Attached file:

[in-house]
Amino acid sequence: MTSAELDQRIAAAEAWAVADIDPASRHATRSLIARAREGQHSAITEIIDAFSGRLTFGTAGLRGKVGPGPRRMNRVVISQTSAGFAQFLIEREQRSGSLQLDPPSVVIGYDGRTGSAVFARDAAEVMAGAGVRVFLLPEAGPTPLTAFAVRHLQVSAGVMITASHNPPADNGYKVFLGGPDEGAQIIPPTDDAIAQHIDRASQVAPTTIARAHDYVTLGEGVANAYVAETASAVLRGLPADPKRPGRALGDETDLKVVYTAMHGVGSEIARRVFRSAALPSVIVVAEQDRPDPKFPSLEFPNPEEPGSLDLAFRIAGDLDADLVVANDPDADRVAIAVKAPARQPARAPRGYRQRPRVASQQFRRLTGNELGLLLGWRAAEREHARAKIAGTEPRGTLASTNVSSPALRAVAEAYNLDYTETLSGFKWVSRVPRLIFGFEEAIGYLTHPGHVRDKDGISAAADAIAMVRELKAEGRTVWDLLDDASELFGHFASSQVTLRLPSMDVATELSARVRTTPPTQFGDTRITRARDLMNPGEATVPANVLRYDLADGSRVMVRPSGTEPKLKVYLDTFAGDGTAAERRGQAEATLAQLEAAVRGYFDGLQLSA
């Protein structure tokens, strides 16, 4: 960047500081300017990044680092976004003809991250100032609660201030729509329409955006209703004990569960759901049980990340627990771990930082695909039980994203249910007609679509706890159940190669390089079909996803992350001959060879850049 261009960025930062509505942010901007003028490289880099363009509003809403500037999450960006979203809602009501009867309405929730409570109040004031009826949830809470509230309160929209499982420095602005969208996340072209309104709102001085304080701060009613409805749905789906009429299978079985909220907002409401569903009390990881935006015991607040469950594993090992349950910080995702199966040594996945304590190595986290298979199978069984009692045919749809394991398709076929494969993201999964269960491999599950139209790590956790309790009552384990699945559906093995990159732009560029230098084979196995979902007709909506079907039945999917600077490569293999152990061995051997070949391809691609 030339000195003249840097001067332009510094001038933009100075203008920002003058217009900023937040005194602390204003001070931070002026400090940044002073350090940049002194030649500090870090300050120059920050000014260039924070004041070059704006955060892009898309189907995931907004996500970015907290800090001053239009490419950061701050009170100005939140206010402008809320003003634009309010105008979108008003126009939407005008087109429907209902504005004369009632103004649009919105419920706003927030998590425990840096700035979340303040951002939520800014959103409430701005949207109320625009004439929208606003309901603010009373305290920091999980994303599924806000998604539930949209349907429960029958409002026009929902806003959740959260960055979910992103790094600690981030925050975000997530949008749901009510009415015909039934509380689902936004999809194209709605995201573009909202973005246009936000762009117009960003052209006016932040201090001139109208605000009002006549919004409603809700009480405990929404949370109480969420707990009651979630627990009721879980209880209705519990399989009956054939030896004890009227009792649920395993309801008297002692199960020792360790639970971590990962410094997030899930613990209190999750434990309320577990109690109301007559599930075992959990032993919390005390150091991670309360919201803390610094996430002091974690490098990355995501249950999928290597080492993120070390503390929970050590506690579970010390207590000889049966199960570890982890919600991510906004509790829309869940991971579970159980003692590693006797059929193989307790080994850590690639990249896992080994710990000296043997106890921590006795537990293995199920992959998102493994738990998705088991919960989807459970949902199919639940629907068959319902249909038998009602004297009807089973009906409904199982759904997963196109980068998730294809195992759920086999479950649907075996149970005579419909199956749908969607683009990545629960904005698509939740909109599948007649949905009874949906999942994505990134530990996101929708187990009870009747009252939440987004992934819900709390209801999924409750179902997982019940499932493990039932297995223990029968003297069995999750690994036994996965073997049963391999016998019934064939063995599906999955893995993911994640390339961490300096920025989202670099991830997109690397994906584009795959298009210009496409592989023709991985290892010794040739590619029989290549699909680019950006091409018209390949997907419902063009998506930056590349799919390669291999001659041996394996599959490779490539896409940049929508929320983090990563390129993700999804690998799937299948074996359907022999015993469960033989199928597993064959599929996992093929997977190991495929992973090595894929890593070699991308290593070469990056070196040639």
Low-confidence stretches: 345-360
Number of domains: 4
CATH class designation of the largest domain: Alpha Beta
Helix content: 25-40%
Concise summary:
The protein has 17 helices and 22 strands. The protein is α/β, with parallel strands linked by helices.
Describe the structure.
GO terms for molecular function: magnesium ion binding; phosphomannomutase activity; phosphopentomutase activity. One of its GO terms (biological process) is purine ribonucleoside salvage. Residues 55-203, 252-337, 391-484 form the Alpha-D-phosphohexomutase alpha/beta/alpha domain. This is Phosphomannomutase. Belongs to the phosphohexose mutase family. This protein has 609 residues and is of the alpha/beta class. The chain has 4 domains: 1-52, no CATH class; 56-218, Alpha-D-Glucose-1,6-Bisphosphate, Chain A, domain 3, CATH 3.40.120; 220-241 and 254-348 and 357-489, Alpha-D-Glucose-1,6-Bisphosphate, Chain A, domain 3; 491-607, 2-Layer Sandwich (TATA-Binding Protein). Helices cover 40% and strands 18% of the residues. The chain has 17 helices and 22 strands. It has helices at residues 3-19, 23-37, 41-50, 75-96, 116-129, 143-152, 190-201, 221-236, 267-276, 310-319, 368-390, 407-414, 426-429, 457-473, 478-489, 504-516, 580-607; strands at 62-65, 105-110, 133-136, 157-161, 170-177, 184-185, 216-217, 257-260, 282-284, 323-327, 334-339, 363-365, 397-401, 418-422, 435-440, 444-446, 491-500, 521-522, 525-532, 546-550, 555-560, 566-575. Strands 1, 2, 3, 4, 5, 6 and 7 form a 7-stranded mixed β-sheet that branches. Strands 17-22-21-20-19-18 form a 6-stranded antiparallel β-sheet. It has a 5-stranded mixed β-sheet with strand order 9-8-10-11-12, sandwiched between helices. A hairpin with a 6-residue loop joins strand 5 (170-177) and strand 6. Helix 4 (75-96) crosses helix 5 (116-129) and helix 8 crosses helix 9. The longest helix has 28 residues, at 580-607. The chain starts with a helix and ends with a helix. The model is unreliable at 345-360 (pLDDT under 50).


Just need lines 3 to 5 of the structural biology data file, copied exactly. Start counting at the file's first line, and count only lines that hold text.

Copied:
């Protein structure tokens, strides 16, 4: 960047500081300017990044680092976004003809991250100032609660201030729509329409955006209703004990569960759901049980990340627990771990930082695909039980994203249910007609679509706890159940190669390089079909996803992350001959060879850049 261009960025930062509505942010901007003028490289880099363009509003809403500037999450960006979203809602009501009867309405929730409570109040004031009826949830809470509230309160929209499982420095602005969208996340072209309104709102001085304080701060009613409805749905789906009429299978079985909220907002409401569903009390990881935006015991607040469950594993090992349950910080995702199966040594996945304590190595986290298979199978069984009692045919749809394991398709076929494969993201999964269960491999599950139209790590956790309790009552384990699945559906093995990159732009560029230098084979196995979902007709909506079907039945999917600077490569293999152990061995051997070949391809691609 030339000195003249840097001067332009510094001038933009100075203008920002003058217009900023937040005194602390204003001070931070002026400090940044002073350090940049002194030649500090870090300050120059920050000014260039924070004041070059704006955060892009898309189907995931907004996500970015907290800090001053239009490419950061701050009170100005939140206010402008809320003003634009309010105008979108008003126009939407005008087109429907209902504005004369009632103004649009919105419920706003927030998590425990840096700035979340303040951002939520800014959103409430701005949207109320625009004439929208606003309901603010009373305290920091999980994303599924806000998604539930949209349907429960029958409002026009929902806003959740959260960055979910992103790094600690981030925050975000997530949008749901009510009415015909039934509380689902936004999809194209709605995201573009909202973005246009936000762009117009960003052209006016932040201090001139109208605000009002006549919004409603809700009480405990929404949370109480969420707990009651979630627990009721879980209880209705519990399989009956054939030896004890009227009792649920395993309801008297002692199960020792360790639970971590990962410094997030899930613990209190999750434990309320577990109690109301007559599930075992959990032993919390005390150091991670309360919201803390610094996430002091974690490098990355995501249950999928290597080492993120070390503390929970050590506690579970010390207590000889049966199960570890982890919600991510906004509790829309869940991971579970159980003692590693006797059929193989307790080994850590690639990249896992080994710990000296043997106890921590006795537990293995199920992959998102493994738990998705088991919960989807459970949902199919639940629907068959319902249909038998009602004297009807089973009906409904199982759904997963196109980068998730294809195992759920086999479950649907075996149970005579419909199956749908969607683009990545629960904005698509939740909109599948007649949905009874949906999942994505990134530990996101929708187990009870009747009252939440987004992934819900709390209801999924409750179902997982019940499932493990039932297995223990029968003297069995999750690994036994996965073997049963391999016998019934064939063995599906999955893995993911994640390339961490300096920025989202670099991830997109690397994906584009795959298009210009496409592989023709991985290892010794040739590619029989290549699909680019950006091409018209390949997907419902063009998506930056590349799919390669291999001659041996394996599959490779490539896409940049929508929320983090990563390129993700999804690998799937299948074996359907022999015993469960033989199928597993064959599929996992093929997977190991495929992973090595894929890593070699991308290593070469990056070196040639």
Low-confidence stretches: 345-360
Number of domains: 4